Control of the New York State Senate is again up for grabs and the results of who will be in control will again depend on which way the Independent Democrat Caucus goes. Senator Jeff Klein, the leader of that caucus, has often worked with Republicans to run the chamber. The independent caucus might actually grow in numbers after the election with some candidates saying they will join it if they win. Governor Andrew Cuomo has finally begun to aggressively campaign for Democratic control. His past efforts were often criticized for not being enthusiastic enough about winning the chamber back for his party.
Albany lobbyists in the health field are watching the race between longtime Republican Senator Kemp Hannon, chair of the Health Committee, and Democrat Ryan Cronin who lost to Hannon four years ago by a small margin. Hannon has the support of many hospital leaders and workers. Democrats are hoping to win not only Hannon’s seat on Long Island but are aggressively challenging others including first term incumbent Michael Venditto who won the seat vacated by Charles Fuschillo when he became head of the Alzheimers Foundation of America. A scandal on Long Island that led to the arrest of Nassau County Executive Edward Mangano in October is putting Republicans are on the defensive, coming less than a year after the conviction of former Republican Senate Majority Leader Dean Skelos of Long Island.
Upstate, Democrat Terry Gipson is trying to win back his seat in the Hudson Valley that he lost to Senator Sue Serrino two years ago. Assemblyman James Tedisco is trying to win the seat of retiring Senator Hugh Farley. Sara Niccoli is trying to unseat Republican George Amedore in a district to the west and south of Albany. These are among several other races upstate that are being hotly contested.
If the mainline and independent Democrats win an outright majority, and they only need one new seat to do that, they will be under great pressure to unite and take control of the chamber.
Albany County Executive Daniel McCoy held a press conference at his annual Senior Summit on October 26 to announce that the county has been designated as the 101st community in the country to receive “age friendly” certification from AARP and the World Health Organization. The county is now going to form a committee to begin the process of reviewing guidelines and benchmarks that are suggested for communities that want to enact policies and programs that are deemed age friendly.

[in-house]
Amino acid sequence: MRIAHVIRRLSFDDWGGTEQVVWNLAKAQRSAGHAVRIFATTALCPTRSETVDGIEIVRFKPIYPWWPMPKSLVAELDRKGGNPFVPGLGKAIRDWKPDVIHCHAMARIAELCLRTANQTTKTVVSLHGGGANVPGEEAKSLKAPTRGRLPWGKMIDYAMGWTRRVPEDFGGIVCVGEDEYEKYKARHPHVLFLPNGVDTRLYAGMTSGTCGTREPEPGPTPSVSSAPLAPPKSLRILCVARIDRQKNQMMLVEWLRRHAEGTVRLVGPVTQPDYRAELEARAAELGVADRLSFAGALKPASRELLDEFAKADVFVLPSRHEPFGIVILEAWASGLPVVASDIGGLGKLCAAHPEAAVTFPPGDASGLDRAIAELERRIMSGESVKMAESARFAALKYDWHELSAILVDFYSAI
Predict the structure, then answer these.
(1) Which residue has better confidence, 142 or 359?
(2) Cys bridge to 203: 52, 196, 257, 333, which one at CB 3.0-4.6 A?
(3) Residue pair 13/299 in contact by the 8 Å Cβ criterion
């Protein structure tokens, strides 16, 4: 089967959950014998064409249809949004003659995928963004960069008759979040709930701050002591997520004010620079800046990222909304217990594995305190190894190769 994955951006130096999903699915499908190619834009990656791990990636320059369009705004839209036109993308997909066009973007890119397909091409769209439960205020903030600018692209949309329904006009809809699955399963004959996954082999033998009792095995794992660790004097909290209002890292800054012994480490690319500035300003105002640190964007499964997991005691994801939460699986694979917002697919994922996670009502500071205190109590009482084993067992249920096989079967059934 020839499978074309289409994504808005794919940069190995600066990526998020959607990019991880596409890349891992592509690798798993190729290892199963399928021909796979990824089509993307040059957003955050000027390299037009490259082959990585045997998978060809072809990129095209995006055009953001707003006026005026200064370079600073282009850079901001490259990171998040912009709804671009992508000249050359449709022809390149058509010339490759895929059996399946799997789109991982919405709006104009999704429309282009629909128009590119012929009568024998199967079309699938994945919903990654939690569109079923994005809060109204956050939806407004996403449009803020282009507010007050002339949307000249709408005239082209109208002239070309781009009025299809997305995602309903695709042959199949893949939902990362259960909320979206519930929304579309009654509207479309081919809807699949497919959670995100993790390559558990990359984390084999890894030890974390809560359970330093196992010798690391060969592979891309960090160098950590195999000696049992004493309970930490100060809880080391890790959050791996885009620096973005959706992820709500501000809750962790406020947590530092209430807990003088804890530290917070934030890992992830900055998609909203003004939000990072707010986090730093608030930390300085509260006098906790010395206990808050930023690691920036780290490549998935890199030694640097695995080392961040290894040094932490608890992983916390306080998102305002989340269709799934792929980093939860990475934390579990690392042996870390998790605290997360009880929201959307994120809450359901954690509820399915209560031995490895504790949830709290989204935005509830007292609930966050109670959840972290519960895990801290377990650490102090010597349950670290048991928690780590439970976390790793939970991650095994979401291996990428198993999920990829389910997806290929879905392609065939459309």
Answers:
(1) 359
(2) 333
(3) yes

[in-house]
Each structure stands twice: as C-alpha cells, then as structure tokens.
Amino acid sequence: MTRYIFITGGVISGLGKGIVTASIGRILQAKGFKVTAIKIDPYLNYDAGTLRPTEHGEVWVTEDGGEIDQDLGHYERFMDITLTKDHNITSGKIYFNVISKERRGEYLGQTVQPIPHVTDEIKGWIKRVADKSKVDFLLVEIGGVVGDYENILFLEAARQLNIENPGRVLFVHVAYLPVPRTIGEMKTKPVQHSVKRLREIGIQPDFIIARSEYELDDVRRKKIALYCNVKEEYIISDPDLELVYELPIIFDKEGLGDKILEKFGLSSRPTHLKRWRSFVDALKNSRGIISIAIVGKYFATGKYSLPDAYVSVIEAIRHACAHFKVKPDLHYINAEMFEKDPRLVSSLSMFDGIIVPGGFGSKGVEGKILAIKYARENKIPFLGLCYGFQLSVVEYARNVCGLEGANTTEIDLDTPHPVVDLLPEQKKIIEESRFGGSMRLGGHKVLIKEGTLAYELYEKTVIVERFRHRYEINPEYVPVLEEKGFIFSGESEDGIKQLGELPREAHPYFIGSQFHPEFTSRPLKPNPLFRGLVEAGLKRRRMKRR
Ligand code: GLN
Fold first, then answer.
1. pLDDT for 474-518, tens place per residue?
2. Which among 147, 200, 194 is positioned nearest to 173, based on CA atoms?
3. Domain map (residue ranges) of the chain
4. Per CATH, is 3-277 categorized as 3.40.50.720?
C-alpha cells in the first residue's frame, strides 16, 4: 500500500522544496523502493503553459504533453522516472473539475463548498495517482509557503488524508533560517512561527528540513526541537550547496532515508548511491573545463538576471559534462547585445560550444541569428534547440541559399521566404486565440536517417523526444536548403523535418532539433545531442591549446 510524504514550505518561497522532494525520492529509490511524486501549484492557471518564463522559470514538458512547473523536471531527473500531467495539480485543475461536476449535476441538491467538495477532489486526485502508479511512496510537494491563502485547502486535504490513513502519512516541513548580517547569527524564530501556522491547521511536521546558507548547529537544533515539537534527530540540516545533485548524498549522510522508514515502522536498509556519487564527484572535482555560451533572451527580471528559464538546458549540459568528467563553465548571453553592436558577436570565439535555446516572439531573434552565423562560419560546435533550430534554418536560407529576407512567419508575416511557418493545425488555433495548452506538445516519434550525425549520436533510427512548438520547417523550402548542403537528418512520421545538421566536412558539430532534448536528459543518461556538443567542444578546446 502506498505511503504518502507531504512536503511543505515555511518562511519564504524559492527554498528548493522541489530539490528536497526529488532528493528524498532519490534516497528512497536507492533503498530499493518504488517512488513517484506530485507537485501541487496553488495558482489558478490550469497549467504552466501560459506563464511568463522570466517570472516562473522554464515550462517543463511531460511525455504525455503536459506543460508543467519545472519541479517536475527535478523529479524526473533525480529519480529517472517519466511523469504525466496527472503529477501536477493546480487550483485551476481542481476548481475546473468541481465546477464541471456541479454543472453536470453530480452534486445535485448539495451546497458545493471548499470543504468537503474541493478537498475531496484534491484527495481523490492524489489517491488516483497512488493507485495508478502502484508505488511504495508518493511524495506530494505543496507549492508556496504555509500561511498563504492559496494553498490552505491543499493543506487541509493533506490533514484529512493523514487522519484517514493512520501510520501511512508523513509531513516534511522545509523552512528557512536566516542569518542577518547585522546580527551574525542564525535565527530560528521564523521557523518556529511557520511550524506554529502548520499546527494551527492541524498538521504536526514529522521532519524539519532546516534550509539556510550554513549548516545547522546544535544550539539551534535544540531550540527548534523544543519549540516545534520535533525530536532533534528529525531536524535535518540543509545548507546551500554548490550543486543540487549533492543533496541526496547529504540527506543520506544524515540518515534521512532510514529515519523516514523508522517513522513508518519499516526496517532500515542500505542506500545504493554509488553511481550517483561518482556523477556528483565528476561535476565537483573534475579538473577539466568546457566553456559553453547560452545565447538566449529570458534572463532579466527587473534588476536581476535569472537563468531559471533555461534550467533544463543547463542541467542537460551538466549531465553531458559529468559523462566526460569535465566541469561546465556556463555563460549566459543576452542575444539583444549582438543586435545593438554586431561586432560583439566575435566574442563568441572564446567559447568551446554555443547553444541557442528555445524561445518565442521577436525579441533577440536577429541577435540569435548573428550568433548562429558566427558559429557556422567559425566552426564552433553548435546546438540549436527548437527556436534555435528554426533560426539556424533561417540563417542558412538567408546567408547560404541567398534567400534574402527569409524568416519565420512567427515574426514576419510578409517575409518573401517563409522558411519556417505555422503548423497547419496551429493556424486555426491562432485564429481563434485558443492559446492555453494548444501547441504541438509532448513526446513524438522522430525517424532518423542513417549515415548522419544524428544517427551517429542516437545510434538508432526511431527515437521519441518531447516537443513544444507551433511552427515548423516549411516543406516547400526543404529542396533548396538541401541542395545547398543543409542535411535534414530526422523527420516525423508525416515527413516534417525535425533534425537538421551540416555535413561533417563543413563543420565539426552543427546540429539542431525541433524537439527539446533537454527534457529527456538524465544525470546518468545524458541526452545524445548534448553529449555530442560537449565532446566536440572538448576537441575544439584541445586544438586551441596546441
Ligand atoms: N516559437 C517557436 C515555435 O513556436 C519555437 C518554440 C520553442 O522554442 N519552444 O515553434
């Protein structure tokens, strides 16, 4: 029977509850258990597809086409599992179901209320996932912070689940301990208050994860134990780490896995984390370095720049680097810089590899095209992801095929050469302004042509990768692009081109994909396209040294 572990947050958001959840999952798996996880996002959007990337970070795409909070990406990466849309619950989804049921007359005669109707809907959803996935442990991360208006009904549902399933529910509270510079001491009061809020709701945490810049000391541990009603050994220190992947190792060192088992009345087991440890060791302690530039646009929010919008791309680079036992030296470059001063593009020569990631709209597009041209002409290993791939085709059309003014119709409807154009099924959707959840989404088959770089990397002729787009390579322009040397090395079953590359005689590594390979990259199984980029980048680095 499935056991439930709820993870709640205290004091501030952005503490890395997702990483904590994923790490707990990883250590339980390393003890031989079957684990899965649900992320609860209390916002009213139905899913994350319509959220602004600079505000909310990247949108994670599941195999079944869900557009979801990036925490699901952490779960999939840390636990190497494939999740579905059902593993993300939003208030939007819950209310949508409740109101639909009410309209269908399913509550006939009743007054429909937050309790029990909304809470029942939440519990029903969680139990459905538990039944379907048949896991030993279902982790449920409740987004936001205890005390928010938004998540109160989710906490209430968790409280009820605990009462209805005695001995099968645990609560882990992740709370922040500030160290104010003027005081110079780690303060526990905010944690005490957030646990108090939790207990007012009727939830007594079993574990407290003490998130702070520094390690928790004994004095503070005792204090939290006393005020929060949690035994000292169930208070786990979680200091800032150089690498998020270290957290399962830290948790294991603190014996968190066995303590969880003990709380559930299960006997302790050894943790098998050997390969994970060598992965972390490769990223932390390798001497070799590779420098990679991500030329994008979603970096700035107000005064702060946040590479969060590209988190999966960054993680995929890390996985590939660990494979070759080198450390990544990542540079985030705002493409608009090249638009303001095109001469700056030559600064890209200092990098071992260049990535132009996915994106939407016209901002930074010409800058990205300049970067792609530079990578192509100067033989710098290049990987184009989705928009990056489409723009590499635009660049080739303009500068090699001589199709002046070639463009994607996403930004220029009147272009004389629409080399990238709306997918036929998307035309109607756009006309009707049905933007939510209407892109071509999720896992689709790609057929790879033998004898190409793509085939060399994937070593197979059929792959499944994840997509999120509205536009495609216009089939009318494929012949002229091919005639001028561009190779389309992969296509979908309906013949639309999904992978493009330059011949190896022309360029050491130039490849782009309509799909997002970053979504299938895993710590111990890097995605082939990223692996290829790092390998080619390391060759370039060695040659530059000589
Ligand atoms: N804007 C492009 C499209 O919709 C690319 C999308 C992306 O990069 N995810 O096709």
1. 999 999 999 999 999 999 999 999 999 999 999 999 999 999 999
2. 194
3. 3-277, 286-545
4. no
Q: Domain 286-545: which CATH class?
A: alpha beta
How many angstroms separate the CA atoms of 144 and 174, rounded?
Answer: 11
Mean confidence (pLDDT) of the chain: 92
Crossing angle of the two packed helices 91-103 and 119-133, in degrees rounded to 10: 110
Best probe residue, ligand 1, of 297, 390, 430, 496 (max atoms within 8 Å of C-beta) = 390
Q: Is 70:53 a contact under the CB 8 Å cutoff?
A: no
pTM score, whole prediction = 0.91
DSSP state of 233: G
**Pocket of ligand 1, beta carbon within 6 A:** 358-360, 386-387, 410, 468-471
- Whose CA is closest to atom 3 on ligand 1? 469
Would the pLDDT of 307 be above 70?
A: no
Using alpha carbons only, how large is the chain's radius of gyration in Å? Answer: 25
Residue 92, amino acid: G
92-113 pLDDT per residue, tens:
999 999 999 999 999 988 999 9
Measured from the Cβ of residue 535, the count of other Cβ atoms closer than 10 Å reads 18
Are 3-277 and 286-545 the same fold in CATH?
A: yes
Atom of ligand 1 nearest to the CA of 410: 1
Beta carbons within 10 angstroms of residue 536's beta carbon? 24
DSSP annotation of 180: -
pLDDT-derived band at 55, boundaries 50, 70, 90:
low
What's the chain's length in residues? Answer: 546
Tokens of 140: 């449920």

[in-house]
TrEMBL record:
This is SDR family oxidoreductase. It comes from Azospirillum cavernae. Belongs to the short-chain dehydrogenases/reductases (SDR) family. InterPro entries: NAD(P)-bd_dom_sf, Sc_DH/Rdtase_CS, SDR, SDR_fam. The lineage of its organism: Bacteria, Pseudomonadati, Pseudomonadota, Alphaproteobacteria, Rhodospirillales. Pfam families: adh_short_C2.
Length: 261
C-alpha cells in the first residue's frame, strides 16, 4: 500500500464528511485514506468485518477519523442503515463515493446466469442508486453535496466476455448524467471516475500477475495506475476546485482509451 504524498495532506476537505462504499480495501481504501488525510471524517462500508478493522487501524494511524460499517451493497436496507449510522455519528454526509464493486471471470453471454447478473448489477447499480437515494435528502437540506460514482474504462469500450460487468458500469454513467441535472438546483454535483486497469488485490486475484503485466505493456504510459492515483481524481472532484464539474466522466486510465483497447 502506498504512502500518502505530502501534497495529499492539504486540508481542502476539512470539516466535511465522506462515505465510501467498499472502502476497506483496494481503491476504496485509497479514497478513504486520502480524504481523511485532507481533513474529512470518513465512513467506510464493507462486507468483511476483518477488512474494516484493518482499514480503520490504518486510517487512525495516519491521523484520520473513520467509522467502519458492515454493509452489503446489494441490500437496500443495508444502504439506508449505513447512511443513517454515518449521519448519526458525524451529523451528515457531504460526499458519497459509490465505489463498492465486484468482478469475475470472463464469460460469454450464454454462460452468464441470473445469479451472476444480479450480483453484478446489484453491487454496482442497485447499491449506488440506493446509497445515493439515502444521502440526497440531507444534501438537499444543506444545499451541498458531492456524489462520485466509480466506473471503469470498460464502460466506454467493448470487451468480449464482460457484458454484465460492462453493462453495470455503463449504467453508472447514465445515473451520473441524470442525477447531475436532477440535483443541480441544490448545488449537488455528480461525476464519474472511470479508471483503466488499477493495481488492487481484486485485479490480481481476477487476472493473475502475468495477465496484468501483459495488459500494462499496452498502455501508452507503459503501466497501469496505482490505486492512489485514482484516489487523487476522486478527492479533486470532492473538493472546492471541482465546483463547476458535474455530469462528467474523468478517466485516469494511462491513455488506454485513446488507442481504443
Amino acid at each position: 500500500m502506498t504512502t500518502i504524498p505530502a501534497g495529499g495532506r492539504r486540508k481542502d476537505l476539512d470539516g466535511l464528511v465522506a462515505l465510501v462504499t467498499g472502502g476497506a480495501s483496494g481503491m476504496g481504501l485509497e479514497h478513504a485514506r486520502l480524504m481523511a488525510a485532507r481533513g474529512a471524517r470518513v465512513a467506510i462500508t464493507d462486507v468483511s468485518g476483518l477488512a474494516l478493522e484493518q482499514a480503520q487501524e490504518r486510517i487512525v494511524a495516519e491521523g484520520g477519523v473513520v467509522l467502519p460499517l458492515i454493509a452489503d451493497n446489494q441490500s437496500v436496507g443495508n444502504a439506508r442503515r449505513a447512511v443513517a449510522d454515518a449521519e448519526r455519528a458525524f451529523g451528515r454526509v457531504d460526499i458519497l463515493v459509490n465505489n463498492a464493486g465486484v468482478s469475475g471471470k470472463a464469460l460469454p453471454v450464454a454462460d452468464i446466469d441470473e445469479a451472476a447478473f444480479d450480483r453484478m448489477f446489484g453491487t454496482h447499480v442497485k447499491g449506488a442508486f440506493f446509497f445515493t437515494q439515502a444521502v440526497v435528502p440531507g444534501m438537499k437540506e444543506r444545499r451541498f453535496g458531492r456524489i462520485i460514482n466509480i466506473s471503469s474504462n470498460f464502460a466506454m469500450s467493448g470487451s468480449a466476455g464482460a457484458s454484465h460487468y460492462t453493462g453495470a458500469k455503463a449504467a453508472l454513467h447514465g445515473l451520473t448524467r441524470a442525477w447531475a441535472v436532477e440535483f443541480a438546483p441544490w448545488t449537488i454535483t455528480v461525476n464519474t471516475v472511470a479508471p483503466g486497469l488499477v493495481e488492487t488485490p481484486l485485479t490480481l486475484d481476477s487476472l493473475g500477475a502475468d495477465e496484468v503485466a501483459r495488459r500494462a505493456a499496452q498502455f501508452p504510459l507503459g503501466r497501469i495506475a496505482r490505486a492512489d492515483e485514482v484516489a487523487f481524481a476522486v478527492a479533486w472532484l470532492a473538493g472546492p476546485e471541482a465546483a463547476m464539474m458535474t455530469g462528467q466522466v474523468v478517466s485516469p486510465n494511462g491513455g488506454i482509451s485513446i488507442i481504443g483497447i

AARP serves as the United States partner with the World Health Organization (WHO) which has organized the age friendly designations and encouraged communities around the world to apply for this status. There are over 200 communities worldwide which has been designated.
Over 250 seniors and staff from provider agencies attended the third annual summit that McCoy’s office has convened with the Albany County Office for the Aging. The event was held at St. Sophia’s Church in Albany which is in an area designated as a “neighborhood NORC” or Naturally Occurring Retirement Community as designated and funded by the State Office for the Aging.
I was pleased along with Dr. Pat Binzer to be asked to co-chair the county’s age friendly initiative. We will be forming a committee to begin meeting soon. In my remarks at the press conference, I noted that Albany County is “age friendly” already as evidenced by the large turnout and the new designation by the WHO provides a framework for the grassroots activism in the area. Ultimately, it is the commitment and support of neighbors, nonprofits, businesses and government at the community and neighborhood levels that makes it possible for older residents to be able to have a good quality of life.